You can ask your phone for a weather report. To set your alarm for the morning. To give you directions to the nearest pizza place. For movie show times. Sports scores. Recipes. You can even ask your phone grand philosophical questions, though you will probably only get an amusing workaround. So why can’t you ask an ad on your phone about a brand? Where can you buy it? How much does it cost? What colors does it come in?
Nuance, a speech recognition technology company, is betting that—if given the option—people would engage in conversations with ads. The company has developed Nuance Voice Ads, a new kind of mobile ad where a user can ask an ad questions—similar to how they would talk with Siri on their iPhones or Google Now on Android devices—and receive answers that can help them learn more about a product.
For instance, the company has an example on its website of how a voice-activated ad can help a husband in the doghouse decide which flowers to purchase for his wife. Meanwhile, companies such as JetBlue have already started using the technology, and are having a little fun with it. The airline decided to create an ad to help people learn how to speak “pigeon.” While that approach doesn’t help users buy plane tickets, it does allow people to have a nice laugh while JetBlue is enforcing its brand message.
“There is a ‘voice engagement’ psychographic in the society that will love voice ads,” says Craig A. DeLarge, Global Leader, Multichannel Marketing Strategy & Innovation at Merck. “There is also a psychographic that wants extreme immediacy and convenience in their purchase research and fulfillment contexts, and they are ripe for this. I imagine that these customers will not think of themselves as talking to an ad much more than any of us think we are talking to a phone. The ad, like the phone, is just a channel that allows us to talk to a human (or humanoid) to get a solution we want. Ultimately, that is what we are after and so if these ads can get you a solution, there is little reason to believe some people will not use it.”
Of course, just because people will use them doesn’t necessarily mean pharma will be able to. The industry is known for holding back on new technology until it gets a better feel for how the FDA will respond to the new medium.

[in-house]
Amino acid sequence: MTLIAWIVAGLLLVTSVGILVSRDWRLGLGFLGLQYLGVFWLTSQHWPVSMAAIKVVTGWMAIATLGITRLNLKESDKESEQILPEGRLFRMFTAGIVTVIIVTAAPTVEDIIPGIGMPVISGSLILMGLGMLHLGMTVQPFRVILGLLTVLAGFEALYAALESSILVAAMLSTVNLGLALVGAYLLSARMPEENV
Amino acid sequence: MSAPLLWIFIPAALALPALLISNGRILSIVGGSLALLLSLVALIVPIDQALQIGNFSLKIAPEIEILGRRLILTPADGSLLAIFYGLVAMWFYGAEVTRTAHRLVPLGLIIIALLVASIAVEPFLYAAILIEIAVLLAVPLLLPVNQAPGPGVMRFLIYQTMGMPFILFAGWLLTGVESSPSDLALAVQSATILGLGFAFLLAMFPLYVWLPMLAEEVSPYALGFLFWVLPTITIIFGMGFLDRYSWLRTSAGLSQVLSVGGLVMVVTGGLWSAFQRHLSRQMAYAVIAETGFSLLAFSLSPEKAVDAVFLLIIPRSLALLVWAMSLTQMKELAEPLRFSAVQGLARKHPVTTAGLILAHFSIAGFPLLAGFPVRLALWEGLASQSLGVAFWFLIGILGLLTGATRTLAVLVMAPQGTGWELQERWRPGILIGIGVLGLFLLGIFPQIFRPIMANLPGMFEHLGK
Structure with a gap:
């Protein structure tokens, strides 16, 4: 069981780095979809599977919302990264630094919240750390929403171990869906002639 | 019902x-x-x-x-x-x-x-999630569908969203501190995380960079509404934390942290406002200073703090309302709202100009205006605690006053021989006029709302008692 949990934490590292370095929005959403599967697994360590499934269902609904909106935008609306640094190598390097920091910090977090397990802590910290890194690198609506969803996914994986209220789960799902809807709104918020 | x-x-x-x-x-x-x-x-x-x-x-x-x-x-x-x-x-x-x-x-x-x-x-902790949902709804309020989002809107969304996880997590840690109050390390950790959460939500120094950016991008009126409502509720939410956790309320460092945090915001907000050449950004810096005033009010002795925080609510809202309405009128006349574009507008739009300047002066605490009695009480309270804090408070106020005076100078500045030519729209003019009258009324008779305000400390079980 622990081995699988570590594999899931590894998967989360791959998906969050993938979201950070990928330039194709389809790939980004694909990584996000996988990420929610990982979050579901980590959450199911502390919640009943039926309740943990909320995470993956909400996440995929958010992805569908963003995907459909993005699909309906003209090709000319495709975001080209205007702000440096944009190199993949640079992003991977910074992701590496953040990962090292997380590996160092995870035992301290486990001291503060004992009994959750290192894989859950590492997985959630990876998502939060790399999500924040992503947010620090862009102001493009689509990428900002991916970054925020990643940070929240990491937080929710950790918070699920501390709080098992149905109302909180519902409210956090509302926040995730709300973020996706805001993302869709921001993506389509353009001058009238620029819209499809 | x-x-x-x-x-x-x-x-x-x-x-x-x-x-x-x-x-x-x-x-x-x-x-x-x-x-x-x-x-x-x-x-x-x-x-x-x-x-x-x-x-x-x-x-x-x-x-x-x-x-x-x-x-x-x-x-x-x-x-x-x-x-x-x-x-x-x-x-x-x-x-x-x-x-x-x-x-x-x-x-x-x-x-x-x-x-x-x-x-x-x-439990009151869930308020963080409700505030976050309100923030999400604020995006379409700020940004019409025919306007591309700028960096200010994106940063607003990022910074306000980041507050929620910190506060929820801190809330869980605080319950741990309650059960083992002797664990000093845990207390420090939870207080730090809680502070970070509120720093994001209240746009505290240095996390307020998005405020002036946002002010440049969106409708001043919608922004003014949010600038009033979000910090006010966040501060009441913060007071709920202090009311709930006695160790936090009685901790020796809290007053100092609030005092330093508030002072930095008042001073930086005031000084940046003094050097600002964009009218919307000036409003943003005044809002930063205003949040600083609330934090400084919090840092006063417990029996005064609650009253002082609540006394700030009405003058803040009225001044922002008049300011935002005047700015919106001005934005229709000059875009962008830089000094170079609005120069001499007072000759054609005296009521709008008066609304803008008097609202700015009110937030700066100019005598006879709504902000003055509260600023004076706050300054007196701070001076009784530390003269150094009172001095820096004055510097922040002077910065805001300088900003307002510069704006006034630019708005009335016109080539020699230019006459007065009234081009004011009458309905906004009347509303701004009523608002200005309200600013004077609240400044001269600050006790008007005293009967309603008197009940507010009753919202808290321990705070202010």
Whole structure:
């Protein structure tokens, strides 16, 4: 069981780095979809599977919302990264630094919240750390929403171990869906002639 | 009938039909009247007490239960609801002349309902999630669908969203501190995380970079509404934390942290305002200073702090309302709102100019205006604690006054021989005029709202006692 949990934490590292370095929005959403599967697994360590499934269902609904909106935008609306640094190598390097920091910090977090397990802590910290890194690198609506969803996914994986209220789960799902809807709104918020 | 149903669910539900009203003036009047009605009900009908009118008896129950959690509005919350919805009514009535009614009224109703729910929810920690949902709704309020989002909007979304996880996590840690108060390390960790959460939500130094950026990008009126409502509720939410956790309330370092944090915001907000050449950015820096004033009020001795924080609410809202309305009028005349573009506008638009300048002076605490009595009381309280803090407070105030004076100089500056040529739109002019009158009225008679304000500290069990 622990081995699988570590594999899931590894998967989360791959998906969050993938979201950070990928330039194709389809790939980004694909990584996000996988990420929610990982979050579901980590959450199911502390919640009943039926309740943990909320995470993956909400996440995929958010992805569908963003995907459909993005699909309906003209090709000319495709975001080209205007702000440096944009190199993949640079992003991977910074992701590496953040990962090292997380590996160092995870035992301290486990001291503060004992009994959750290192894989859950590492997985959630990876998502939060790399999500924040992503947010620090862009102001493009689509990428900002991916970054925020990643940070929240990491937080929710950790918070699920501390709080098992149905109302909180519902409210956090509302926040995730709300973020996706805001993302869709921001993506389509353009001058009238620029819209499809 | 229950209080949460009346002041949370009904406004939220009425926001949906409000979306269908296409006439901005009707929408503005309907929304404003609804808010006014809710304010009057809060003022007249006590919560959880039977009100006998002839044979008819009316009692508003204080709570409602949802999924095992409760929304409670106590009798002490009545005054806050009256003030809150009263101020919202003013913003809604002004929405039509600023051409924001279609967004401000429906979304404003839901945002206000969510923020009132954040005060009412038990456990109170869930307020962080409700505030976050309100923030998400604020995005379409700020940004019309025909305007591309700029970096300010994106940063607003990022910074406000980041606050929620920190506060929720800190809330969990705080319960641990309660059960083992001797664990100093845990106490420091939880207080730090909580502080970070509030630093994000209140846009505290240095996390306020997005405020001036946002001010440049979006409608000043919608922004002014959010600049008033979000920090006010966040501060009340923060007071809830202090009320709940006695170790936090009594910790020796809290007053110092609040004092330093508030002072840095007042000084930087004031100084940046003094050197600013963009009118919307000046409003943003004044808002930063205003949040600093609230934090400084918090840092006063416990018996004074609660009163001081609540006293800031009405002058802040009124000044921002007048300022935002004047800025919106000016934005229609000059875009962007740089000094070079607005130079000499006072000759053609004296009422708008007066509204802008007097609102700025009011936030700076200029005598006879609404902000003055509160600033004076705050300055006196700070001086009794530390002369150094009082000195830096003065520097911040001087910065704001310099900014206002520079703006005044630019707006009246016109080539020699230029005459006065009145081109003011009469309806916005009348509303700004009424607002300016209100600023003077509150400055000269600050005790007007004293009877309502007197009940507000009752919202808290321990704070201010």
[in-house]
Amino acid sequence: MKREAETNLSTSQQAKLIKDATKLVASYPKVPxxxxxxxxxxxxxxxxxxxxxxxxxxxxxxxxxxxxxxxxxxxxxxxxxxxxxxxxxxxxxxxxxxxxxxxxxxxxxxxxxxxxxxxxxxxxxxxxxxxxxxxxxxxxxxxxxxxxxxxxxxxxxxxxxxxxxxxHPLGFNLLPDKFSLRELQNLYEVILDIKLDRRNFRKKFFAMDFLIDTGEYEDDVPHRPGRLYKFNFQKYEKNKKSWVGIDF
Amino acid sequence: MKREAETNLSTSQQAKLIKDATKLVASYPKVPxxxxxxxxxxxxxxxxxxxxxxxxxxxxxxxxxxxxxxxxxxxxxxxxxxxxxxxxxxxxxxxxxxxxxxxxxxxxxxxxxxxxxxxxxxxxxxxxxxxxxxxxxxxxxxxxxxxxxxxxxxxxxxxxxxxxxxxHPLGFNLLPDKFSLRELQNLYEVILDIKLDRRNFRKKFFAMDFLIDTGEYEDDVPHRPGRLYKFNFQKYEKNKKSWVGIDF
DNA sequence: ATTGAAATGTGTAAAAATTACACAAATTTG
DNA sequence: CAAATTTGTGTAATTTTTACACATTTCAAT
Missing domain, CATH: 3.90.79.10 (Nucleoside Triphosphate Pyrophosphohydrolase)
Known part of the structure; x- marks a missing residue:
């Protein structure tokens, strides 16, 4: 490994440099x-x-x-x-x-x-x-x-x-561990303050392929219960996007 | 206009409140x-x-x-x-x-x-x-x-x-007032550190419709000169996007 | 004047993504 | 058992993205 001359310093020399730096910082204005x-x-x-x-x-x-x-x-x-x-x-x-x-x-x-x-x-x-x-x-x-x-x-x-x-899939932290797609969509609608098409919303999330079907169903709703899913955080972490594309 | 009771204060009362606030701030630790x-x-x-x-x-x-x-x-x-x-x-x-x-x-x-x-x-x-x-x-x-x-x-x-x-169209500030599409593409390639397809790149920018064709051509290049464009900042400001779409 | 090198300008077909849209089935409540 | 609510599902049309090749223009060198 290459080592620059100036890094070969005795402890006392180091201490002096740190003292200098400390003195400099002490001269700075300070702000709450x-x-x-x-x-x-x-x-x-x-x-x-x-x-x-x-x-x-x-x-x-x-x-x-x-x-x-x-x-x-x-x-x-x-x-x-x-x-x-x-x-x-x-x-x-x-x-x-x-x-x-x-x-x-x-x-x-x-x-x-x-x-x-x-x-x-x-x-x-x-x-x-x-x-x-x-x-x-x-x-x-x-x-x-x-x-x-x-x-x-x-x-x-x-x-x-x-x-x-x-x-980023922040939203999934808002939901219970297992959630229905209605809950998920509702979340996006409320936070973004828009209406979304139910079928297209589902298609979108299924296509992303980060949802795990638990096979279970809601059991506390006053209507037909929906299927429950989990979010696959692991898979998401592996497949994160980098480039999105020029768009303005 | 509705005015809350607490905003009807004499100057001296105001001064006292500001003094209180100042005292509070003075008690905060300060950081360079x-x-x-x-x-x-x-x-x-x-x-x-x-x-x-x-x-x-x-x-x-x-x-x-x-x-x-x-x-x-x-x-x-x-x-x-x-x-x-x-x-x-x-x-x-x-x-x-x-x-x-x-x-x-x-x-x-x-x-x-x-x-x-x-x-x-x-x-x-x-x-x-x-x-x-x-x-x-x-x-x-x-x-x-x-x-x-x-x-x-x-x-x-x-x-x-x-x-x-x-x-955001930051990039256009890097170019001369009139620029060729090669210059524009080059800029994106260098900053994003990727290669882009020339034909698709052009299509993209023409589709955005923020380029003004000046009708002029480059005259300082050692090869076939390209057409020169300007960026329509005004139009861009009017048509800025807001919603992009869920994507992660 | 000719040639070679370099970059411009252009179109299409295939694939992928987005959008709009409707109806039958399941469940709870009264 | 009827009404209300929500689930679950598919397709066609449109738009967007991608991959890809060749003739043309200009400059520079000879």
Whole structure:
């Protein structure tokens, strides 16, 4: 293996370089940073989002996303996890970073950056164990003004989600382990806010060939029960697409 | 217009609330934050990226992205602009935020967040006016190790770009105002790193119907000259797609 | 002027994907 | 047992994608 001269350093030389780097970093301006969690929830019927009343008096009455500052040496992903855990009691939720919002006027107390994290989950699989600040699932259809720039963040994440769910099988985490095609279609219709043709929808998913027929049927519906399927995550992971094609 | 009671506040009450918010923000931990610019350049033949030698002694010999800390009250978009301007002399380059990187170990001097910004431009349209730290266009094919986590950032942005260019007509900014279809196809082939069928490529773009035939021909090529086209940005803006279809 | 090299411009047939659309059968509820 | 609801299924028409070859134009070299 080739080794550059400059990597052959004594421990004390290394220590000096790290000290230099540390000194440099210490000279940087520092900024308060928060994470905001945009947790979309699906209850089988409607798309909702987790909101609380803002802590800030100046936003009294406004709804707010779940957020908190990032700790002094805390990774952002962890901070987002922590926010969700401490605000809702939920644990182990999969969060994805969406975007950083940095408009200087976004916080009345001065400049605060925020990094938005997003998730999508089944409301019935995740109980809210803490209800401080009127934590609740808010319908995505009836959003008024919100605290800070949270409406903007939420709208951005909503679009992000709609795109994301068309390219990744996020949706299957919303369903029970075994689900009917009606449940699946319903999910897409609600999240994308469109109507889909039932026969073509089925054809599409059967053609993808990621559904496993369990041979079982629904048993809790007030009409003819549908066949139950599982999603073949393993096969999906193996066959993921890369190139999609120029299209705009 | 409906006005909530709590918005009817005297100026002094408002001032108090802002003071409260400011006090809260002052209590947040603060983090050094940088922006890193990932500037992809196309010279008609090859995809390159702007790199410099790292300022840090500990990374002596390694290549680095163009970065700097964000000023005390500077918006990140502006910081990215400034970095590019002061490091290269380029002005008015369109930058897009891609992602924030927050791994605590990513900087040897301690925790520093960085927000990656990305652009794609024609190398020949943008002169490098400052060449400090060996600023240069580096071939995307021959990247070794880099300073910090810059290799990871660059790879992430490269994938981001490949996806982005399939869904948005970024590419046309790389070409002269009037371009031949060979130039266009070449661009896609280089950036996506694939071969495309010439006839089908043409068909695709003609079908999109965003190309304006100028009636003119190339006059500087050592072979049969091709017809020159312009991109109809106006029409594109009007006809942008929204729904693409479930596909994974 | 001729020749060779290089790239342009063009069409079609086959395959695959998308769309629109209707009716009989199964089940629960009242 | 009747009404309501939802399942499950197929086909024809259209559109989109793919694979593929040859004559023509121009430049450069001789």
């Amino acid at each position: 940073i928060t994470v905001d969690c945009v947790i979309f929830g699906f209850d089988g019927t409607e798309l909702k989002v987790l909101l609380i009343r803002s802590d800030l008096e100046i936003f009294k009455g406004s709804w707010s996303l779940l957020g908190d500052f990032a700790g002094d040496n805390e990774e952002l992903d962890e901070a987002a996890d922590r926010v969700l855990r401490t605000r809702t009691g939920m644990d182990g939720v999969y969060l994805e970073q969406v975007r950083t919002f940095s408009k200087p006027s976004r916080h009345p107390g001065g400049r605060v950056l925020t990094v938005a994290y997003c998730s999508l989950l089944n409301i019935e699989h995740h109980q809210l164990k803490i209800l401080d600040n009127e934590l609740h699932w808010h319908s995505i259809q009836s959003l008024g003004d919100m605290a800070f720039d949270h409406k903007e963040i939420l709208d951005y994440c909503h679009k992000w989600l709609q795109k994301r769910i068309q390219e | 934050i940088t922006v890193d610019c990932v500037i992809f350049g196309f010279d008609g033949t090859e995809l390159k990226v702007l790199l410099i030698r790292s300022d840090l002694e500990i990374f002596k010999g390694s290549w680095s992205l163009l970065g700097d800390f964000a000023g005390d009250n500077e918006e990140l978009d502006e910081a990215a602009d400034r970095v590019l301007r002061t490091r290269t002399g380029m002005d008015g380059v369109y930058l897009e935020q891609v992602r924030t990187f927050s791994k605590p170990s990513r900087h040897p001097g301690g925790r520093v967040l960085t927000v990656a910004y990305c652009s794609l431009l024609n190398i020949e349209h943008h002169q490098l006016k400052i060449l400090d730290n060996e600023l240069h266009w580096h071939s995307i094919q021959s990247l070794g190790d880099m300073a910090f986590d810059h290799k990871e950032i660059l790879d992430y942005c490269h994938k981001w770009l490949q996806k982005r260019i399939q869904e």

“The purpose of any ad is to sell a product and using a voice with an ad would be contrary to everything the FDA has said about drug advertising,” explains Richard Meyer, Director of Online Strategic Solutions. “The other issue, of course, is privacy. Not many people want those around them to know that they are talking to a pharma company.”
Meyer does point out, however, that there are some brands using live chat on product websites, such as Enbrel.com, where people can go to chat with a nurse about the product or inquire about access to it. And that does open the door for using the technology for purposes other than advertising. In fact, DeLarge believes that there may be more potential here for customer care and patient support, including applications to aid with compliance and adherence, and ultimately better health outcomes. But that doesn’t mean pharma voice-activated mobile ads are completely out of the picture.
Developing the Right Voice-activated Ad for Pharma
According to Olivier Zitoun, Founder and CEO, and Fred Petito, Chief Strategy Officer—both at healthcare communication agency Eveo—voice ads can offer an exciting alternative to the push-based, unidirectional advertising model that is still the foundation of the industry. And they are perfect for engaging with older, less tech savvy people who still use their phones primarily to make phone calls. In the end, Zitoun and Petito believe that voice ads, if done right, can do what most ads fail to do: Deliver information in a way that is relevant, actionable and personal.
Meanwhile, Jeff Danley, Mobile Strategist at Intouch Solutions, thinks that voice ads could be a good solution for marketers who are seeking new ways to entice users to click on their mobile ads.
“The key to a successful voice ad campaign will rely on enticing messages that encourage the consumer to click,” says Danley. “For example, in select health categories, an entertaining back-and-forth interaction could go viral and make consumers want to click. A conversation with a celebrity spokesperson could be quite inviting—imagine consumers engaging in virtual conversations with Phil Mickelson, Jack Osbourne or Paula Deen (prior to her meltdown). Another way to pull users into the ad would be to offer personalized information after the initial click. The initial screen can hold only limited information, but once a consumer clicks the ad, further dialogue can offer more, such as customized disease education information.”
Ben Putman, VP, Director of Emerging Technology and Media at JUICE Pharma Worldwide, agrees that there could be an appeal to virtual interactions with well-known figures—at least in part. “Entertainment brands, such as Disney, with characters that have recognizable voices as well as some CPG brands with mascots like Cheetos’ Chester Cheetah have an opportunity to create a fun and engaging experience for loyal and passionate fans,” says Putman. “I think there may be a limited window of opportunity due to it being an immature technology at this point, but it could be fun in the short term.”